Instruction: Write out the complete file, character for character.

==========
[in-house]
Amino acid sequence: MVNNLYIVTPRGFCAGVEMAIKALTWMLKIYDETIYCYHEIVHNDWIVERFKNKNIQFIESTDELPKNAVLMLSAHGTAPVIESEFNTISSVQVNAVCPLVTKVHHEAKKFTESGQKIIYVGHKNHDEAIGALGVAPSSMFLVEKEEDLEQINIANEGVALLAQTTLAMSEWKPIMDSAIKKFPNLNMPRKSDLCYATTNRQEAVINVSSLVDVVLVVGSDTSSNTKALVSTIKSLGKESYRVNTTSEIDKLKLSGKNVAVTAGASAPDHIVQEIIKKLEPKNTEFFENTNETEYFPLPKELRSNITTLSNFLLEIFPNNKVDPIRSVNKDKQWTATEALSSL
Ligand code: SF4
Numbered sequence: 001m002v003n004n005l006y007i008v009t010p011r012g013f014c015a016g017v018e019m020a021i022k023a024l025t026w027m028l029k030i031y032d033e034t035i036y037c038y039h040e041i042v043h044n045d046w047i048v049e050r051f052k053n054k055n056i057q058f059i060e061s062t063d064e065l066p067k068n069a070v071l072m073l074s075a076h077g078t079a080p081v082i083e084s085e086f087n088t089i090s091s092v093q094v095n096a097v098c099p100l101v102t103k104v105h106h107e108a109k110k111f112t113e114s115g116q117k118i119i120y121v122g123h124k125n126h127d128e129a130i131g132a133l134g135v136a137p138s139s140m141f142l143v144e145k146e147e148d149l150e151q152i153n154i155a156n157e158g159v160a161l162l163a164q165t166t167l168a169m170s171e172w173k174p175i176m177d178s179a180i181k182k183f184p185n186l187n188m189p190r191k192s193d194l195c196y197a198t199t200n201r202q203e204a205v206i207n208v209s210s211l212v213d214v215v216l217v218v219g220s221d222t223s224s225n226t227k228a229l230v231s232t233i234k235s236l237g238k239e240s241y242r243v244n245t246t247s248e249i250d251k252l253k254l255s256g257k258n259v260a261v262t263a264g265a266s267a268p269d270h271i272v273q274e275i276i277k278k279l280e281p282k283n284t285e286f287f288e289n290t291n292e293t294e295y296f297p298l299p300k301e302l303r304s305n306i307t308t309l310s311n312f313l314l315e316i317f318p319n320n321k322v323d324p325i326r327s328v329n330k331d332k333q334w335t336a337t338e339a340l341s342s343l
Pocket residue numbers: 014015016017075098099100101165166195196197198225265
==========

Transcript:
[in-house]
Amino acid sequence: MVNNLYIVTPRGFCAGVEMAIKALTWMLKIYDETIYCYHEIVHNDWIVERFKNKNIQFIESTDELPKNAVLMLSAHGTAPVIESEFNTISSVQVNAVCPLVTKVHHEAKKFTESGQKIIYVGHKNHDEAIGALGVAPSSMFLVEKEEDLEQINIANEGVALLAQTTLAMSEWKPIMDSAIKKFPNLNMPRKSDLCYATTNRQEAVINVSSLVDVVLVVGSDTSSNTKALVSTIKSLGKESYRVNTTSEIDKLKLSGKNVAVTAGASAPDHIVQEIIKKLEPKNTEFFENTNETEYFPLPKELRSNITTLSNFLLEIFPNNKVDPIRSVNKDKQWTATEALSSL
Ligand code: SF4
Numbered sequence: 001m002v003n004n005l006y007i008v009t010p011r012g013f014c015a016g017v018e019m020a021i022k023a024l025t026w027m028l029k030i031y032d033e034t035i036y037c038y039h040e041i042v043h044n045d046w047i048v049e050r051f052k053n054k055n056i057q058f059i060e061s062t063d064e065l066p067k068n069a070v071l072m073l074s075a076h077g078t079a080p081v082i083e084s085e086f087n088t089i090s091s092v093q094v095n096a097v098c099p100l101v102t103k104v105h106h107e108a109k110k111f112t113e114s115g116q117k118i119i120y121v122g123h124k125n126h127d128e129a130i131g132a133l134g135v136a137p138s139s140m141f142l143v144e145k146e147e148d149l150e151q152i153n154i155a156n157e158g159v160a161l162l163a164q165t166t167l168a169m170s171e172w173k174p175i176m177d178s179a180i181k182k183f184p185n186l187n188m189p190r191k192s193d194l195c196y197a198t199t200n201r202q203e204a205v206i207n208v209s210s211l212v213d214v215v216l217v218v219g220s221d222t223s224s225n226t227k228a229l230v231s232t233i234k235s236l237g238k239e240s241y242r243v244n245t246t247s248e249i250d251k252l253k254l255s256g257k258n259v260a261v262t263a264g265a266s267a268p269d270h271i272v273q274e275i276i277k278k279l280e281p282k283n284t285e286f287f288e289n290t291n292e293t294e295y296f297p298l299p300k301e302l303r304s305n306i307t308t309l310s311n312f313l314l315e316i317f318p319n320n321k322v323d324p325i326r327s328v329n330k331d332k333q334w335t336a337t338e339a340l341s342s343l
Pocket residue numbers: 014015016017075098099100101165166195196197198225265